With over 130 million users (as of May 2014), KakaoTalk is unarguably the number one mobile messenger in South Korea. However, its dominant position is being threatened as users are opting for other foreign mobile messengers, following the controversy of illegal government surveillance of KakaoTalk. Despite the prosecutor’s statement that such claimed illegal surveillance does not exist, there are signs of user migration to foreign messengers apps.
Most noticeably, German mobile messenger Telegram with a public mission of “taking back our right to privacy”, has become the most downloaded messaging app in recent weeks. It recorded the most number of downloads in the domestic iOS market in the past six days, and ranked number 3 in the Communications category in Google Play.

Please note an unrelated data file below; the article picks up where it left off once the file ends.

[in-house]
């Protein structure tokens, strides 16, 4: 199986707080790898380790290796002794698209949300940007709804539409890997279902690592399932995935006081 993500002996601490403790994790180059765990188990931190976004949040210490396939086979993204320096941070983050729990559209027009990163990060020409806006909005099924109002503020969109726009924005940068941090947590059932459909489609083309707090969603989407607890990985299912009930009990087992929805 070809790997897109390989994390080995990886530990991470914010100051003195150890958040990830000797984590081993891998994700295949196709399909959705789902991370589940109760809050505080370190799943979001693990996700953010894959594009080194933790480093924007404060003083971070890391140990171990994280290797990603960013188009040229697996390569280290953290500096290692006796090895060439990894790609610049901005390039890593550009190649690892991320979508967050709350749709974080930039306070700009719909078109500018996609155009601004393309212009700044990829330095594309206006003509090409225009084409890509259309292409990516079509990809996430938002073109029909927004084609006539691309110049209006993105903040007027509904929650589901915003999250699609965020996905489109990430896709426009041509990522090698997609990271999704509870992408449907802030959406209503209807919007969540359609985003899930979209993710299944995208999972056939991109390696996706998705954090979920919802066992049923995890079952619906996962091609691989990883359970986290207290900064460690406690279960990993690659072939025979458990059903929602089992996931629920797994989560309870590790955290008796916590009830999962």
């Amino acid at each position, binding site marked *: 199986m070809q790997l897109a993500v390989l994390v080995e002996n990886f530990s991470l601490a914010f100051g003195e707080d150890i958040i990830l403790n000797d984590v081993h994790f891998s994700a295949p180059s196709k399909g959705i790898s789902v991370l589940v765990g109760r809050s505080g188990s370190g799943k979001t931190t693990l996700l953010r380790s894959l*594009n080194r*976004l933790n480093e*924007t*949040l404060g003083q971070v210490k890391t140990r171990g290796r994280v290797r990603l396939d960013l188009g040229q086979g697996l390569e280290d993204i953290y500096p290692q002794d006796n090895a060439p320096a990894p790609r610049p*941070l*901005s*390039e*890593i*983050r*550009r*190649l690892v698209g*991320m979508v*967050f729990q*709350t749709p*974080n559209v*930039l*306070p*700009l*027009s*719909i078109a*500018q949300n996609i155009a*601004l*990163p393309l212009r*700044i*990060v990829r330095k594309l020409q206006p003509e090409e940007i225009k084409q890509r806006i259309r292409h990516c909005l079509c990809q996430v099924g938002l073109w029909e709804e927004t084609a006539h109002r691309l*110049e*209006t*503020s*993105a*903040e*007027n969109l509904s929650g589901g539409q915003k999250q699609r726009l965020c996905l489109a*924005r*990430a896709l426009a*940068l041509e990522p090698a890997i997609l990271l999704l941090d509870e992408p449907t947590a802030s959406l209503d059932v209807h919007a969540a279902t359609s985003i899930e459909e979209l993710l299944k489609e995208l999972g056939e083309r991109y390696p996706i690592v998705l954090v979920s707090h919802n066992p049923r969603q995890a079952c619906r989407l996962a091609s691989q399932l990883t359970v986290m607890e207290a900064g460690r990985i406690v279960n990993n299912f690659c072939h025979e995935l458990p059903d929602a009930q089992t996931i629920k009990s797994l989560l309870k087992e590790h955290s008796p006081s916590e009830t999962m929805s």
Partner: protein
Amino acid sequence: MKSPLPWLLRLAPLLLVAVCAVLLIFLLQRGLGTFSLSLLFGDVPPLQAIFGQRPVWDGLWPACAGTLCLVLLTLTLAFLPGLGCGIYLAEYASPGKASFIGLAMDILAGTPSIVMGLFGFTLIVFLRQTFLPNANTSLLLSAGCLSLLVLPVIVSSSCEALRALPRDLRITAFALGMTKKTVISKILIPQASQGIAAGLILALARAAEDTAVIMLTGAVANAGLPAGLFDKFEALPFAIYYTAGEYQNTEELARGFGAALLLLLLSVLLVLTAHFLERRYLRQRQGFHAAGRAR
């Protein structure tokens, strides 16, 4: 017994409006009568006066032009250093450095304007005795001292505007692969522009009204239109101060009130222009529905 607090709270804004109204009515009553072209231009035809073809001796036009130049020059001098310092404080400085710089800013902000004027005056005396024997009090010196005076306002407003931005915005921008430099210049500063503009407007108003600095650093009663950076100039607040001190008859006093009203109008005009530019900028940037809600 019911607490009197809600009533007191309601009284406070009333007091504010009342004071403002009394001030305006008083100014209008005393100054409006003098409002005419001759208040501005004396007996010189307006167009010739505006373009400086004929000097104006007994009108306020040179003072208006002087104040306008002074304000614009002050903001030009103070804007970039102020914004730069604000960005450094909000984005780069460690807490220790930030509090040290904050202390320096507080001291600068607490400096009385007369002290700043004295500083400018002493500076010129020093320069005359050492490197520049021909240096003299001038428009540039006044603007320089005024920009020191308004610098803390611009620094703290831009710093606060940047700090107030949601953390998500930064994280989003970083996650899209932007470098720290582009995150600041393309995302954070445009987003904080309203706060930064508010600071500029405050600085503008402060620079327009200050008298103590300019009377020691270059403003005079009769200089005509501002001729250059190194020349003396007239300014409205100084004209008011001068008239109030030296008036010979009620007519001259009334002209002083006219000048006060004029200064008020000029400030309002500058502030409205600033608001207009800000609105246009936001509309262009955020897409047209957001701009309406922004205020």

Another messaging app that is benefiting from the censorship rumor is Whatsapp, which also has servers located outside Korea. The number of domestic downloads has been rising steadily, as its ranking in Communication section rose from 30th on September 18 to 10th on September 29.
As more users look to foreign messengers, there is a rising concern over the adverse effects that government action can have on the domestic industry. According to KyongBae Min, professor of the Mobile Applications department at Kyunghee Cyber University, said “regardless of government’s dismissal of the surveillance, people’s apprehension over increasing Internet service monitoring could lead to migration to foreign services in the long term. People’s distrust of the government can carry on to suspicion of domestic services, and weaken the competitiveness of domestic IT industry”.